England and Manchester City's Demi Stokes says promoting and understanding diversity is everyone's responsibility and needs more than social media posts.
The 28-year-old full-back was speaking as part of the Premier League's No Room For Racism campaign.
"If you don't know, read books," said Stokes, who hopes to see more people of all ethnicities helping combat racism.
"If you're curious, ask your black friends. Just ask even though you may feel a bit uncomfortable."
The former Sunderland youngster added: "It's important that we keep challenging ourselves and doing our research and keep pushing for change.
"We did Blackout Tuesday and a lot of people did that but it's easy to just post - how can you again keep the ball rolling?
"It doesn't have to be all the time, but it can be little things like that can change your mind or make you understand. I think everyone's got a responsibility to keep pushing that. Everyone has a responsibility to help."
Stokes, from South Shields, has also written an open letter to her eight-year-old self, published on the Manchester City website, revealing she received racist abuse at that age, in her first football match.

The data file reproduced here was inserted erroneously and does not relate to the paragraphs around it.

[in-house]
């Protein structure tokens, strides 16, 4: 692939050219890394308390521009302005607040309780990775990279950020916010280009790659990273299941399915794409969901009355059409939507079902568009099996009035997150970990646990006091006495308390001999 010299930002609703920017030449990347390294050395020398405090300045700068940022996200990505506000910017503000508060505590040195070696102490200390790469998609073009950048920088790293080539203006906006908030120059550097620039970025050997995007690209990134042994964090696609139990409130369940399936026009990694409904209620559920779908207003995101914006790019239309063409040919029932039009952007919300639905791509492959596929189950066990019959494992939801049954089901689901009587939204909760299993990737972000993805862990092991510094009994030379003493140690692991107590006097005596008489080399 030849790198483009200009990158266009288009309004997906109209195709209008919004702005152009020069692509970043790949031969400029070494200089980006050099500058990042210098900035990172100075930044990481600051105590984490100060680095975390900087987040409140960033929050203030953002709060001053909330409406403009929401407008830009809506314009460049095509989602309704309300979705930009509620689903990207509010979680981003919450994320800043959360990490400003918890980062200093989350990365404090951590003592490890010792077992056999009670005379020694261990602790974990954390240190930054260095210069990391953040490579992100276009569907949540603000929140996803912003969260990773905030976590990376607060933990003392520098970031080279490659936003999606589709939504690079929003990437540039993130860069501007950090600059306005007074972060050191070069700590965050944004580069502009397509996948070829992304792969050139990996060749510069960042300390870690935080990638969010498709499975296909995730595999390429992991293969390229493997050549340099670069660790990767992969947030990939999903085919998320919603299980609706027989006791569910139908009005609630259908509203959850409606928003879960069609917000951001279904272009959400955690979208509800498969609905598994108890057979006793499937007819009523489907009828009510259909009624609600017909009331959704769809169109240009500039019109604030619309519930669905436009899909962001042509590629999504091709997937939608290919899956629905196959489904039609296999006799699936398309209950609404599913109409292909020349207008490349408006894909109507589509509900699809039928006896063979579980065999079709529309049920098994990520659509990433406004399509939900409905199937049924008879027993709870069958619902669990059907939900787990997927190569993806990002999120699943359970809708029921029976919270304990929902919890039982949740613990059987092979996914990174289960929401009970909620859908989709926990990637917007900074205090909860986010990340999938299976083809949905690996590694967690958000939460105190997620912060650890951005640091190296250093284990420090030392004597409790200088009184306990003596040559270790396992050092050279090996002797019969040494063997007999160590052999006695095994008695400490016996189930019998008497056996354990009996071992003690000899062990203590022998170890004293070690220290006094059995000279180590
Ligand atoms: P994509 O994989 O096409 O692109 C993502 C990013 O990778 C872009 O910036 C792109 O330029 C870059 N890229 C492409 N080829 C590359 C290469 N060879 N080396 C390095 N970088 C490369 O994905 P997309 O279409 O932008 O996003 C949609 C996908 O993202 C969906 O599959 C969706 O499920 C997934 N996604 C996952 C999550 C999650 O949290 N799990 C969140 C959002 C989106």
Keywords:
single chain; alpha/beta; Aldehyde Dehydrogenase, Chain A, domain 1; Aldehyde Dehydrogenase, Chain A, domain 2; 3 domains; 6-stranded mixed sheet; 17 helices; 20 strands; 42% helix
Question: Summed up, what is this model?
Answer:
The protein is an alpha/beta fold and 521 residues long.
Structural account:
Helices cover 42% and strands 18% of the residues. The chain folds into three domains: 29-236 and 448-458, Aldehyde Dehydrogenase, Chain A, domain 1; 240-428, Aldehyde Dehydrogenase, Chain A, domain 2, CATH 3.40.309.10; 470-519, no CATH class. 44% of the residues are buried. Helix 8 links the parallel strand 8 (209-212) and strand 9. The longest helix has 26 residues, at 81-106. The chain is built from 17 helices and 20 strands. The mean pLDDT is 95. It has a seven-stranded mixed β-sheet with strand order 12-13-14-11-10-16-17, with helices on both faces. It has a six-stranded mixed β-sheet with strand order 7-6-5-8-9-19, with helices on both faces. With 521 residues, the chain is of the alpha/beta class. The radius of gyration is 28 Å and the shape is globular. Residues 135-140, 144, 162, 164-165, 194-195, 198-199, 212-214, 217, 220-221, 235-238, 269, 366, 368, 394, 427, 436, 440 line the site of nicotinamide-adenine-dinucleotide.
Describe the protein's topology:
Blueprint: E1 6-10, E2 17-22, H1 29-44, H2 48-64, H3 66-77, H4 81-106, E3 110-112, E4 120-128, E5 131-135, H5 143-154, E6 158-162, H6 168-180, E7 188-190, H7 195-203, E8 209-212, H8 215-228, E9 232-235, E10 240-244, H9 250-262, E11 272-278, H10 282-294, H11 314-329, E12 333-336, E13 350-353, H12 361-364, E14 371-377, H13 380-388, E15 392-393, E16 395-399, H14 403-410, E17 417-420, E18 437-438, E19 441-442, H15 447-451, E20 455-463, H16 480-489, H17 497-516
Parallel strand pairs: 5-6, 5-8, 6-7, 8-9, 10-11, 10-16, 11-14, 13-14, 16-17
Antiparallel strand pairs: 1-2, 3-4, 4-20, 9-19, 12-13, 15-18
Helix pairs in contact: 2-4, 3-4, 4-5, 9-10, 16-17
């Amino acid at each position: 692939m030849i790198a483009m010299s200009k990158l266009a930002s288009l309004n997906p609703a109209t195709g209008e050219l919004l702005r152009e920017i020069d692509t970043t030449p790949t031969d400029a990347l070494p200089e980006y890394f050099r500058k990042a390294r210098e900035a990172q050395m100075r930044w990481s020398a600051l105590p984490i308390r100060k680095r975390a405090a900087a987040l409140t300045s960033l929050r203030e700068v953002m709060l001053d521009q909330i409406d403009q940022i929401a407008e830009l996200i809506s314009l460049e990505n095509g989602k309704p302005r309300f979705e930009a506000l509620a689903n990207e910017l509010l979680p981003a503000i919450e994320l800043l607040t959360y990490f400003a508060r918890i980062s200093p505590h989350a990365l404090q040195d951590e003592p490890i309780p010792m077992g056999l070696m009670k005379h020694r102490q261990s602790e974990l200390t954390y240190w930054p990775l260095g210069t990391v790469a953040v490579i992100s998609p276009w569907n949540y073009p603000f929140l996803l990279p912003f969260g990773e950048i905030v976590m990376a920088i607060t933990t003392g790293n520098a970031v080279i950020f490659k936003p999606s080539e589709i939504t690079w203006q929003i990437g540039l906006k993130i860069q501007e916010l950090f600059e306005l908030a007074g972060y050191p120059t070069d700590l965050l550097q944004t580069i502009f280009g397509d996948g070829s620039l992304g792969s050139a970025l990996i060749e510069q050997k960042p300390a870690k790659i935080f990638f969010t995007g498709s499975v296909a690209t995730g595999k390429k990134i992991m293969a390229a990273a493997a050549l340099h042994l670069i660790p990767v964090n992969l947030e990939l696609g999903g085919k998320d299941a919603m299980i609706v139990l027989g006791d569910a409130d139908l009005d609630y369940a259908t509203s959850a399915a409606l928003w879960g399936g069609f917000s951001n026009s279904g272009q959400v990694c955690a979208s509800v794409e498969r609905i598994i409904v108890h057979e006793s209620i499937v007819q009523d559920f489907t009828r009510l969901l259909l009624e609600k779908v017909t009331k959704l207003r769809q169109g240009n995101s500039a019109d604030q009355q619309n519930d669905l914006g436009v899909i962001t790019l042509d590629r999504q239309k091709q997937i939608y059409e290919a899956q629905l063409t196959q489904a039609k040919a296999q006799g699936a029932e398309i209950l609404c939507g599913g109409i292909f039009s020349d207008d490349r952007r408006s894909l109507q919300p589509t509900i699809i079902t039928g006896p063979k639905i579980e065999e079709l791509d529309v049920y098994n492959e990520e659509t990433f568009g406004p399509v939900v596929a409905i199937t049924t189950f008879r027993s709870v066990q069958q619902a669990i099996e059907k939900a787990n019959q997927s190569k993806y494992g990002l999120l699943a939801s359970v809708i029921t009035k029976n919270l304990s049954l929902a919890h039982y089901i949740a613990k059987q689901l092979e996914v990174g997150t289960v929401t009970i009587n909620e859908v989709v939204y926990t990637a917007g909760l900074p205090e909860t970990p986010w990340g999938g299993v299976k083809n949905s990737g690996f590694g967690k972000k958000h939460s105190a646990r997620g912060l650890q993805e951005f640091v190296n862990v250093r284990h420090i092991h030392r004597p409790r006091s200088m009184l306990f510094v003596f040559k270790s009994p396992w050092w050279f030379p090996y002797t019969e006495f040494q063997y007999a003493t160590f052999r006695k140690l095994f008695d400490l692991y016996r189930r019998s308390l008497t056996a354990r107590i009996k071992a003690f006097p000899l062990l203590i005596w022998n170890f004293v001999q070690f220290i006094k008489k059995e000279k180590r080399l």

Playing in an all-girls team in an all-boys league, Stokes said she reported the abuse to the referee who then took the boy responsible out of the game.
"I remember he was crying and at the end of the game, he come over and he apologised," she added.
"It's not nice whether you're eight, 28, or you're 40. It doesn't matter, it's still not nice."
The Premier League has provided teaching materials for more than 18,000 primary schools in England and Wales, through its Premier League Primary Stars
programme, aimed at encouraging discussions on equality and discrimination.